You need to know two things to understand the norovirus issue that plagues us every year (pardon the pun). Surprisingly, neither covers how to avoid getting it, though the second point is absolutely the single most important overlooked fact in understanding the issue.
First: norovirus is not just a ship problem. In fact, it’s barely on ships at all, compared to how many land-based institutions are struck every year right in your own city. Norovirus is common throughout all of North America and Europe, being most prevalent in schools, hospitals, nursing homes, and children’s day care facilities. It strikes every year. It’s so regular, in fact, it no longer incites headlines. Those are now reserved for the unusual, the exotic, such as “PLAGUE SHIP!” An illness transmitted from your children isn’t nearly as alarming as “RATS SPREAD DISEASE!”. But you get a cold or flu from your kids all the time. That headline wouldn’t sell many newspapers. Yet the land numbers are far, far greater than the sea numbers.
There have been 2,630 confirmed reports of norovirus so far this season in the UK, for example (as of several weeks ago, no less!), but for every reported case there are likely to be a further 288 unreported sufferers. That’s according to the Health Protection Agency (HPA). Recent figures from the HPA show that more than 750,000 people could be affected by the 2012 outbreak of norovirus that has swept the UK. It’s so bad, in fact, that they’re closing hospital wards and denying visitors access to the buildings. Take Birmingham City Hospital, for instance, which closed three wards due to norovirus infection, or Doncaster and Bassetlaw Hospitals, which actually tweeted, “Please don’t visit hospital until at least two days after last symptoms of vomiting or diarrhea. Stay home, rest, and take fluids.”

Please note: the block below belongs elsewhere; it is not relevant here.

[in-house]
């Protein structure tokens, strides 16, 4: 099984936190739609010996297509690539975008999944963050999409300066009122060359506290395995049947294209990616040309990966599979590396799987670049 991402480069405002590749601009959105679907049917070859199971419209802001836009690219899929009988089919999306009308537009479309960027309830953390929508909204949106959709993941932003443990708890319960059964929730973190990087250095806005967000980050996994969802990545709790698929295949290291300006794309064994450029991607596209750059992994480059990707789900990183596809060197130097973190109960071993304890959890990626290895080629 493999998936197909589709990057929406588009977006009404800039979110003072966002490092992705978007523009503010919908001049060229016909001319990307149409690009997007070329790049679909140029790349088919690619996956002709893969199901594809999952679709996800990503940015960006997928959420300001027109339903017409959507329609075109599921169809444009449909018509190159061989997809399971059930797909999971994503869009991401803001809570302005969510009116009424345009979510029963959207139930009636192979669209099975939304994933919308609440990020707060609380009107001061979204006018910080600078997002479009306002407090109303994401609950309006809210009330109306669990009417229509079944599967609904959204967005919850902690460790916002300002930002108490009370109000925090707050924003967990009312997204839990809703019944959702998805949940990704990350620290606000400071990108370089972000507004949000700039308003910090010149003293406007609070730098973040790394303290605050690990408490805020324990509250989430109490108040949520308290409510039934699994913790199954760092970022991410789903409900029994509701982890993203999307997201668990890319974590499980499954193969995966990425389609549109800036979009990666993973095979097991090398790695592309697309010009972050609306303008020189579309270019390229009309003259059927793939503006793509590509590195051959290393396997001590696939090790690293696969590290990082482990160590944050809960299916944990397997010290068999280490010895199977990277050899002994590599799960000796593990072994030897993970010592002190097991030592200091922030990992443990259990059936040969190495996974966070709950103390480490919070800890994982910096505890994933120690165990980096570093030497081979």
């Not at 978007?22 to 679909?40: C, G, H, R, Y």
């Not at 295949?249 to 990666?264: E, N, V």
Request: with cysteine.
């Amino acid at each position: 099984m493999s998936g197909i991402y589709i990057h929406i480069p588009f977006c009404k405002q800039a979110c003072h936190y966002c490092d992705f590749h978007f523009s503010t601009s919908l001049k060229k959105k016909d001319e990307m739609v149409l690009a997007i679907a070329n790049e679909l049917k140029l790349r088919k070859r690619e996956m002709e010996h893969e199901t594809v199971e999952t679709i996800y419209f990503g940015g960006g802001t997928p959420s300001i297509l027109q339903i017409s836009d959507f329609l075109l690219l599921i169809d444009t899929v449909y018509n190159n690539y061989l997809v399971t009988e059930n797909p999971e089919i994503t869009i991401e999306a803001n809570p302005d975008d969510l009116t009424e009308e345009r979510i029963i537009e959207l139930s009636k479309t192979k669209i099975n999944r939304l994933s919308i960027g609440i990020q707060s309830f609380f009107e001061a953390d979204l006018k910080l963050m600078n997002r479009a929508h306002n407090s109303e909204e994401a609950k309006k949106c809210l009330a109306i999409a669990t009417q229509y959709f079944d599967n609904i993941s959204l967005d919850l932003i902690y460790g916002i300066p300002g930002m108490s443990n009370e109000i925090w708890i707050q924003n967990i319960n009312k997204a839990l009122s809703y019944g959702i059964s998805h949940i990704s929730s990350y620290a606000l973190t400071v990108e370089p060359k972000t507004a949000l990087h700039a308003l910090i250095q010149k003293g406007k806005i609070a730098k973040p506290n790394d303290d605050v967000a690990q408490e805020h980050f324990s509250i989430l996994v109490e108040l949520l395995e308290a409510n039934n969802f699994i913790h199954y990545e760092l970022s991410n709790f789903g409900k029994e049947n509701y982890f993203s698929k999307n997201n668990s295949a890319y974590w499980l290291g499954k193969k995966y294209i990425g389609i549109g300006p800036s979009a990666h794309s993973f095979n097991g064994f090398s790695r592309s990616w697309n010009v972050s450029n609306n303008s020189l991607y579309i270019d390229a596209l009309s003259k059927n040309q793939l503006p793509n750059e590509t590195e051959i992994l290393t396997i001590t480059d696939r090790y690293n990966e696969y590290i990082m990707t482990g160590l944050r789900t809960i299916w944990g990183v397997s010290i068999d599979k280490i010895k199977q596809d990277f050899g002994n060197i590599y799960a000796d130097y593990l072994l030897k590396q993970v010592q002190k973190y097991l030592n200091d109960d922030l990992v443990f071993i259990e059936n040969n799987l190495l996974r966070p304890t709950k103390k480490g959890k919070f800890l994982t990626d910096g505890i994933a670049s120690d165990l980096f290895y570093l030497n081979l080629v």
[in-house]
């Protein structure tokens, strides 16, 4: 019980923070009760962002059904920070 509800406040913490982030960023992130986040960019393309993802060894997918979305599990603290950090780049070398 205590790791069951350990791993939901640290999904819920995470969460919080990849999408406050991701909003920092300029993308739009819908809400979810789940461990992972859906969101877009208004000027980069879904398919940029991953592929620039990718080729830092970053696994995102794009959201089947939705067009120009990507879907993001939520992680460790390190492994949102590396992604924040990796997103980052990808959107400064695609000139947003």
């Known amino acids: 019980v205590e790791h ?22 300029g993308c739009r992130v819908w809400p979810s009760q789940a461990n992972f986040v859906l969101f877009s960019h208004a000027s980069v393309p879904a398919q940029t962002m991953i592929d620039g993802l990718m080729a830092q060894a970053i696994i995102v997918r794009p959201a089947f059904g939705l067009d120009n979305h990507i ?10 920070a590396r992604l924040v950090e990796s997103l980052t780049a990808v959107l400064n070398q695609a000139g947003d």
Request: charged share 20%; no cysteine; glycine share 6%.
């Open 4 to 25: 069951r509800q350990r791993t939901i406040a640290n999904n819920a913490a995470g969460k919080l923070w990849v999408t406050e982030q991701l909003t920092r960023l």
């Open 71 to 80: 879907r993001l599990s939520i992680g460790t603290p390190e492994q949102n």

But nobody thinks about infected hospitals down the street. They think of cruise ships. They think of sensational headlines. Take the media frenzy surrounding the P&O liner Oriana, dubbed ‘a plague ship.’ “It’s a living nightmare.” “Scores of passengers laid low by virus.” “People were falling like flies, yet the crew were trying to insist everything was fine.”
Oh, the drama! The sick have vomiting and diarrhea a few days, tops, and possibly stomach cramps. If that’s your definition of ‘a living nightmare’, you suffer from a serious lack of real life. You’ll note the hospital referred to above even told sufferers to stay home and they'd be fine. Subjective perceptions of severity aside, let’s look at real numbers. More importantly, what’s behind them. It’s not what you think at all.
An outbreak, according to the U.S. Center for Disease Control, is 3% or higher of reported passengers or crew being sick. Please note the inclusion of ‘crew’. When one crew member is sick, ALL of his/her cabin mates are automatically quarantined and counted as sick. Thus, the number of infected is artificially inflated by double or more from the very beginning. This directly affects passengers, however, because things snowball rapidly as remaining crew shoulder the additional workload (with no increase in pay, of course). As a rule, all crew members are already overworked and nearly all live in a state of near-exhaustion. It is not surprising, then, that many crew members jump on the bandwagon and call in sick just to get a glorious eight hours of sleep—something which they probably haven’t had in ten months (yes, really).
So what does this mean? It means that an official outbreak on a cruise ship could potentially involve a mere 1% of people or even less! I don’t know about you, but I don’t think 1% of the population being sick during cold and flu season to be the definition of ‘a living nightmare.’
By Brian David Bruns, author of national best-seller Cruise Confidential.
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